6. Prevent food security risks associated with the concentration of our food system in the hands of a few companies.

7. Institute an immediate labeling protocol for all GM crops, products, and ingredients. (The farmers say: “This is where YOU can help. Call your representatives, create clamor for GMO labeling. A recent poll says 86% of Americans support labeling of GM crops. Let’s make it a reality!”)

Breitenbush Days/ Sugar Beet Nights

The Wild Garden has just returned from the 2011 Northwest Farmer to Farmer Exchange

We Northwest farmers are very democratic

(a.k.a. Naked Farmer Conference) at Breitenbush Hot Springs, and I must say I am newly inspired for the season.  The ingredients were as follows:  two days of farm slideshows,nighttime wine drinking in geo-thermally heated cabins, soaking in hot springs, several inches of snow, delicious meals and informative workshops, all peppered with engaging conversation.  Mixing all of these, we created quite a delicious organic-information-sharing cake batter that is useful whetheryour baking pan is 1 acre or 100 acres.

Snow descended on Breitenbush shortly after the farmers did.

Unfortunately our man Frank could not soak his toes with us, as his presence was needed at the 9th circuit court of appeals in San Francisco. What is the sugar beet case doing in court this time? Well, immediately following Judge White’s order to remove Roundup Ready sugar beet stecklings from the fields this past December, supporters of the beets appealed the decision. In the mean time, farmers were not required to destroy their plants pending the decision of the appeals court. This week, a panel of judges assessed arguments from both sides as to whether or not Judge White’s decision was correct or not. The results will most likely be out within a couple weeks, and we are anxiously awaiting the outcome.

The USDA seems to have forgotten the reason this case was in court in the first place when they announced the partial deregulation of Roundup Ready sugar beets last week, just days before the appeal was to be heard. According to the Environmental Assessment the USDA released along with their recent announcement, the beets can be partially deregulated without causing a significant impact. However, as Earthjustice attorney Paul Achitoff commented in a Center for Food Safety press release,

“The lax conditions on growing the GE sugar beets in today’s approval are not materially different from those earlier rejected by the federal court as inadequate to protect other farmers, the public, and the environment.  USDA has yet again violated the law requiring preparation of an EIS before unleashing this genetically engineered crop”.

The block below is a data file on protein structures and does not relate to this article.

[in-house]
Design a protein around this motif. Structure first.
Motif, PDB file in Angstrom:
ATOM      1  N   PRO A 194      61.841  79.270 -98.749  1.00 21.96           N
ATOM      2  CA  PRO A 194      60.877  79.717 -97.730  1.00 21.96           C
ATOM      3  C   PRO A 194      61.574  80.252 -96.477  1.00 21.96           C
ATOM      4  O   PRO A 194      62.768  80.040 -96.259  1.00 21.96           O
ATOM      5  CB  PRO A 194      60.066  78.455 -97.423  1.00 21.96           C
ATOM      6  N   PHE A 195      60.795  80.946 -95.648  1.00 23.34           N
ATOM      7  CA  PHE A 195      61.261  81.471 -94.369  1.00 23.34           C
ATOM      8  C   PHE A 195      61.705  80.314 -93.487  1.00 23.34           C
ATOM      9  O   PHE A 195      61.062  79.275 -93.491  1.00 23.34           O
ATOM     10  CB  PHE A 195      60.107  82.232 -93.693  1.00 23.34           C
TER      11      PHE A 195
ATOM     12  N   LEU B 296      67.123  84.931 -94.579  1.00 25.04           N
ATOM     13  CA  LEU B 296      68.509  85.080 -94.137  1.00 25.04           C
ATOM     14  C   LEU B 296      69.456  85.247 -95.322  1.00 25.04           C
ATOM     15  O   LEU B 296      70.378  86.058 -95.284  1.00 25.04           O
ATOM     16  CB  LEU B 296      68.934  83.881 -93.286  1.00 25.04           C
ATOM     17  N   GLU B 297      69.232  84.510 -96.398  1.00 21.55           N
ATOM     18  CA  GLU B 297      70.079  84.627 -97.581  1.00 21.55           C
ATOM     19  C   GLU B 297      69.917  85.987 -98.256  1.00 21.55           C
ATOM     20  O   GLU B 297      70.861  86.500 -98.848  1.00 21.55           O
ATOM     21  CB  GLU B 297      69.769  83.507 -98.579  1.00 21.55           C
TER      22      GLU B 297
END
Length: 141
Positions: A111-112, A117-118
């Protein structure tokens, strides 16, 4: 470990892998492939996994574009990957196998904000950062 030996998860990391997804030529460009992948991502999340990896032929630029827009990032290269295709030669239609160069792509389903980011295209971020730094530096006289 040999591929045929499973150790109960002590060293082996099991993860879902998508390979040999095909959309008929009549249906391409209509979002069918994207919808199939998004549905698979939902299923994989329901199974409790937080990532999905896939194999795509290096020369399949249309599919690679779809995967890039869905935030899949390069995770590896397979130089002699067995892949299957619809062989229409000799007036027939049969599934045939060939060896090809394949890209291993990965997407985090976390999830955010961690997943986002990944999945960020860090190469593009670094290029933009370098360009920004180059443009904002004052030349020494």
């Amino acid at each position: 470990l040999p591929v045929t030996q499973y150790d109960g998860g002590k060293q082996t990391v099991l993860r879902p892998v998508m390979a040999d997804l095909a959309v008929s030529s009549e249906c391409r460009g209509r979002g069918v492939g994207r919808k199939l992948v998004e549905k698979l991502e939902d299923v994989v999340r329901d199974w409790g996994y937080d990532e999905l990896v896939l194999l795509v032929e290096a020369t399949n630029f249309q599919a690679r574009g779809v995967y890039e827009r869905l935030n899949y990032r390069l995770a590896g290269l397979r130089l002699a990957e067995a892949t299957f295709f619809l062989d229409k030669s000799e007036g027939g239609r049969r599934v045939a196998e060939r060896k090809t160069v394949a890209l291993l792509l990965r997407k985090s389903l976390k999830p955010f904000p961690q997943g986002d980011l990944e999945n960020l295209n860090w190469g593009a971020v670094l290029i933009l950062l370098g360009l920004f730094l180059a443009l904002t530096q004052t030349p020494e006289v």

The outcome will be interesting, with a federal appeals court making a decision on  something that a federal agency is saying is legal to plant, for reasons which a federal court has said it is not legal to plant.

Stay tuned folks, and if you want to read more, the Center for Food Safety has a great press release outlining all of this confusing case.

It’s Planting Time, Apparently

A warmer breeze is rustling through the trees these days, and although it is probably going to chill off again before heating up, we at the Wild Garden are taking some cues from USDA secretary Tom Vilsack and beginning to sow our seeds.

Colors

First Wild Garden lettuce of the season.

Citing the fast approaching growing season, among other factors, Vilsack recently announced the complete deregulation of Roundup Ready Alfalfa, as well as the partial deregulation of Roundup Ready sugar beets. This marks the second time in less than a year that the USDA has ignored a court-ordered ban on the planting of Roundup Ready sugar beets. In fact, it has ignored and defied two separate court decisions; one banning the planting of Roundup Ready beet seed, and the other ordering the removal of said plants after the first court decision was side-stepped.

In issuing the two decisions to deregulate,Vilsack stated that he believes choice is important to the American farmer. Choice of what to grow, where to grow, and how to grow it. Apparently the choice to have seed free of genetic contamination is not a valid one, while the choice to buy one type of seed from one company is.

In direct defiance of this type of choice, we choose to plant all sorts of things! We have been hard at work sowing and thinning our first flats of various lettuce, radish, fennel, and spinach, with more to come in the next week.

Cardinale

Cardinale lettuce front and center, Anaka lurking in the rear.

If you wish to read more about the recent USDA decisions, here are a couple good links:

New York Times : “USDA Approves Genetically Modified Alfalfa”

Grist: “USDA ‘partially deregulates’ GM Sugar beets, defying court order”